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Gardner v. Commissioner of Internal Revenue

United States Court of Appeals, Ninth Circuit

January 12, 2017

Fredric A. Gardner; Elizabeth A. Gardner, Petitioners-Appellants,
v.
Commissioner of Internal Revenue, Respondent-Appellee.

          Submitted October 17, 2016 [*] San Francisco, California

         Appeal from a Decision of the United States Tax Court No. 12016-06

          Fredric A. Gardner and Elizabeth A. Gardner, Dewey, Arizona, pro se Plaintiffs-Appellants.

          Janet A. Bradley and Bridget M. Rowan, Attorneys; Kathryn Keneally, Assistant Attorney General; Tax Division, United States Department of Justice, Washington, D.C.; for Respondent-Appellee.

          Before: Michael Daly Hawkins, Consuelo M. Callahan, and Andrew D. Hurwitz, Circuit Judges.

         SUMMARY[**]

         Tax

         The panel affirmed the Tax Court's decision denying a petition for redetermination of federal income tax deficiencies that challenged the taxability of alleged maintenance payments received by taxpayers who have taken vows of poverty.

         Taxpayers contended that they did not earn taxable income and are exempt from paying taxes because they have taken vows of poverty. They explained that their maintenance is provided by Bethel Aram Ministries (BAM), a church for which taxpayer Elizabeth Gardner is its corporation sole. The panel explained that substantial evidence supports the Tax Court's determinations that the payments taxpayers received were not contributions to BAM but were instead quid pro quo payments for taxpayers' services (in setting up corporations sole and LLCs), and that taxpayers retained complete dominion and control over the payments even after they were deposited in BAM's accounts. Accordingly, the payments to taxpayers are taxable and subject to self-employment tax.

          OPINION

          CALLAHAN, Circuit Judge:

         Elizabeth and Fredric Gardner assert, in a nutshell, that Bethel Aram Ministries (BAM) is a church, that Elizabeth is its corporation sole, and that both Elizabeth and Fredric have taken vows of poverty (with their maintenance provided by BAM). They argue that based on these facts they did not earn taxable income and are exempt from paying taxes.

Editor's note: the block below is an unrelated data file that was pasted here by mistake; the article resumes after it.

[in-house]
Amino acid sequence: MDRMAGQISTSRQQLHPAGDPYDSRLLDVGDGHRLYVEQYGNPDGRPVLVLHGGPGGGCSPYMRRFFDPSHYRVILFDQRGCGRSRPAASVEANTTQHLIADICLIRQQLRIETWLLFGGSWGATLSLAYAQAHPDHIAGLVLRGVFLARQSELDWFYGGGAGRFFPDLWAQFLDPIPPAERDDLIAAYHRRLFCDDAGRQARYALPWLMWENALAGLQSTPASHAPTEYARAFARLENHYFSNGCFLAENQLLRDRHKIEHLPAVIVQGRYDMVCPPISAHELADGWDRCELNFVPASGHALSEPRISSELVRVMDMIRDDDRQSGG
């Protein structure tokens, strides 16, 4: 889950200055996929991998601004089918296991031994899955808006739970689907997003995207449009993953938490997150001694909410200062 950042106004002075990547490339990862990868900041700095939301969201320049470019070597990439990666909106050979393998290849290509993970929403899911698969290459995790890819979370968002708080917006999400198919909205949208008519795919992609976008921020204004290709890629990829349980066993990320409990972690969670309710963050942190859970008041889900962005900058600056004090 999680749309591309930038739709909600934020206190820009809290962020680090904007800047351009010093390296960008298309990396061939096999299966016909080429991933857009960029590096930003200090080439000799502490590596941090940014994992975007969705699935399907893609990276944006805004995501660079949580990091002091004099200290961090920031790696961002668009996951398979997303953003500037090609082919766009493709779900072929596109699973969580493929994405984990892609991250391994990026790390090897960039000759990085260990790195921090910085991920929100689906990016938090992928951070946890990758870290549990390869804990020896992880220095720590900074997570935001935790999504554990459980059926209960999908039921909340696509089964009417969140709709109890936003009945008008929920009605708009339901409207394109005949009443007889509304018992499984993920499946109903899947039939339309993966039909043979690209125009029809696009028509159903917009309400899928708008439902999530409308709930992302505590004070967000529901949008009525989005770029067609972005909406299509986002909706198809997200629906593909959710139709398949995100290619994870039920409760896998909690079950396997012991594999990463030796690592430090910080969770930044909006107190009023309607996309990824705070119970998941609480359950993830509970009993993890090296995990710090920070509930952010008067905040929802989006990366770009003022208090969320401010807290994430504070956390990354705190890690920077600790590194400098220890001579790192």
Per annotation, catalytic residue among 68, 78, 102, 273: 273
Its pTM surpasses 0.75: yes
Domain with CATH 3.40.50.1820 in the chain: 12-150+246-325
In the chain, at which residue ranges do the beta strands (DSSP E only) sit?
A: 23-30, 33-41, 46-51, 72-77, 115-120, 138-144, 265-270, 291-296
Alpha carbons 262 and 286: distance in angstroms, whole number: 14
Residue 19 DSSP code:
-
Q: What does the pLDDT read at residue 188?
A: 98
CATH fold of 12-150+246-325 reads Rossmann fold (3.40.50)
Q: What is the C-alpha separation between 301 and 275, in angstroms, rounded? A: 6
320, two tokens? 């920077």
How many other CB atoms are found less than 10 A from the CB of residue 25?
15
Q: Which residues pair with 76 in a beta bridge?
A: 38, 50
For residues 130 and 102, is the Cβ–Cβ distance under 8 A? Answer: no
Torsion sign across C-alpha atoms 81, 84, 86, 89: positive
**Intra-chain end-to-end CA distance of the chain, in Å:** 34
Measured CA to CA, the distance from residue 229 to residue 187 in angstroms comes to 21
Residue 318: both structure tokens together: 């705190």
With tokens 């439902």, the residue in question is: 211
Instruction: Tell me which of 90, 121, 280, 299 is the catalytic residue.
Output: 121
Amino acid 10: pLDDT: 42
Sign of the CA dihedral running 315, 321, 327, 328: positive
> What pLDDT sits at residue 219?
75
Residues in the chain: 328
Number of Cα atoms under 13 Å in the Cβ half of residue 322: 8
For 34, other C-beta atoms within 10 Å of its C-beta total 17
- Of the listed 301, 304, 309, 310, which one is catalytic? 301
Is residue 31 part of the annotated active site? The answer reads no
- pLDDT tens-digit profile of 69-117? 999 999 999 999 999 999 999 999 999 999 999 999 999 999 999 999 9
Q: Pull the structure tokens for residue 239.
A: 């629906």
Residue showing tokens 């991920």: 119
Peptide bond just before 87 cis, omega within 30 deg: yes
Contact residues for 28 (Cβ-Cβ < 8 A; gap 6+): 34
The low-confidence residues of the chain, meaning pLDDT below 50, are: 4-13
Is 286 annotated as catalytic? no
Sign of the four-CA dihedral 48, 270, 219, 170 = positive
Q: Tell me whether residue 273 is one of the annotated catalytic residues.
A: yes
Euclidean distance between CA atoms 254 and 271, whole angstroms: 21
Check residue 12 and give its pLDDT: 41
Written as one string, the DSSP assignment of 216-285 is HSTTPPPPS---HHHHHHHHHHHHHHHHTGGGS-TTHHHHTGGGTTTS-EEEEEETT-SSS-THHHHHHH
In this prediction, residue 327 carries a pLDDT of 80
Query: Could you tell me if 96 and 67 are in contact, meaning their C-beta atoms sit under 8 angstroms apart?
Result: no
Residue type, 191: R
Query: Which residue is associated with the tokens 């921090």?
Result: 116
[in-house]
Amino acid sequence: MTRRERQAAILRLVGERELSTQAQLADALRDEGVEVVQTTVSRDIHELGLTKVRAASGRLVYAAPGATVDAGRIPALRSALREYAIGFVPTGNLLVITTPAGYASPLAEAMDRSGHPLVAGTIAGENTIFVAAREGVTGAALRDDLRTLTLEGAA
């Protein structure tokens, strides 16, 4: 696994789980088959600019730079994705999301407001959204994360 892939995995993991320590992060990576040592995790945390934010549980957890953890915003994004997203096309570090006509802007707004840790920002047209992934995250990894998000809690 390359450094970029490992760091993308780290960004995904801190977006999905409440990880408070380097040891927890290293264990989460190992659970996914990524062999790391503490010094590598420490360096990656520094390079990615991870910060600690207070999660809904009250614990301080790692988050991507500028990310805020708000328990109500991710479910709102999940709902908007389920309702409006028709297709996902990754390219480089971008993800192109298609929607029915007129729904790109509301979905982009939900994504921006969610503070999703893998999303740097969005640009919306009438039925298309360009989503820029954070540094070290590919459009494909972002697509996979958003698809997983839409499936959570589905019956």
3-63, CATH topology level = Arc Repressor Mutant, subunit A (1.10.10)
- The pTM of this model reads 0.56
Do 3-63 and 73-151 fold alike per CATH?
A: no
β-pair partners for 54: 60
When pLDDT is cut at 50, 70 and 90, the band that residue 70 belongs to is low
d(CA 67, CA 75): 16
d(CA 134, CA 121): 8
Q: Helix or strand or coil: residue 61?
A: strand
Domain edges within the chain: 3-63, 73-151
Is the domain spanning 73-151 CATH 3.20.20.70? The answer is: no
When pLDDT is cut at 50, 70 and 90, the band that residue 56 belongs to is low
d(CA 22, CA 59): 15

The Tax Court, however, determined that the payments received by the Gardners were not contributions to BAM and that the Gardners had complete control over BAM's assets. It concluded that because the Gardners "exercised dominion and control over BAM's accounts, all taxable deposits into those accounts are includable in their gross income."

         We affirm. The Tax Court's determinations that the payments were quid pro quo payments for services and not contributions, and that the Gardners have unfettered control over BAM, are supported by substantial evidence.

         I

         Around 1978, the Gardners received degrees in theology from Christ for the Nations Bible College. In 1993, the Gardners formed BAM as "an unincorporated association in Arizona organized to be an 'ecclesiastical church ministry.'" However, they did not file with the IRS a Form 1023, Application for Recognition of Exemption Under Section 501(c)(3). In 1999, the Gardners signed vows of poverty declaring their intent to divest themselves from earnings or wages from BAM and stating that BAM would provide for their needs as pastors of the church ministry. They then transferred all of their assets, including title to their home, to BAM. In 2001, Elizabeth filed articles of incorporation with the State of Nevada, naming her as the corporation sole of BAM.[1] Fredric held himself out as an "Elder, Teacher, Certified Estate & Financial Planner of BAM, " and Elizabeth held herself out as a "Prophetess, Teacher, Pastor and Certified Paralegal" of BAM. Together they have unfettered control over BAM's operations and finances.

         From 2002 until August 2004, BAM did not have any congregation. Rather, the Gardners traveled across the country offering their services in setting up corporations sole and limited liability companies (LLCs). Their promotional literature claimed the benefits of a corporation sole included: (1) the government was not able to interfere in any way; (2)all church workers would be classified as ministers of the gospel and not as employees; (3) there were no filing requirements of any kind; and (4) there were no withholding or self-employment taxes or income tax. The Gardners advised that if a corporation sole received an inquiry from the Internal Revenue Service (IRS), it should notify the IRS that it was a corporation sole and provide no other information.

         The Gardners had a "donation" sheet setting forth the costs of their services. It instructed customers to "please make separate checks out" according to the following schedule: "(1) for a corporate sole, BAM for $1, 200, Carol Spackman[2] for $80, and the State of Nevada for $85; [and] (2) for an LLC, BAM for $700, Ms. Spackman for $80, and the State of Nevada for $235." The record indicates that the Gardners established over 300 corporations sole and approximately 18 LLCs for others.[3]

         The Gardners failed to file tax returns for the years 2002 through 2004, and refused to provide the IRS with BAM's books and records. The IRS obtained bank records from BAM's Wells Fargo accounts through a third-party summons and undertook a bank deposit analysis. The IRS "determined that petitioners had gross bank deposits of $101, 722, $219, 481, and $281, 232 and net taxable deposits of $100, 070, $217, 973 and $235, 679 for 2002, 2003, and ...


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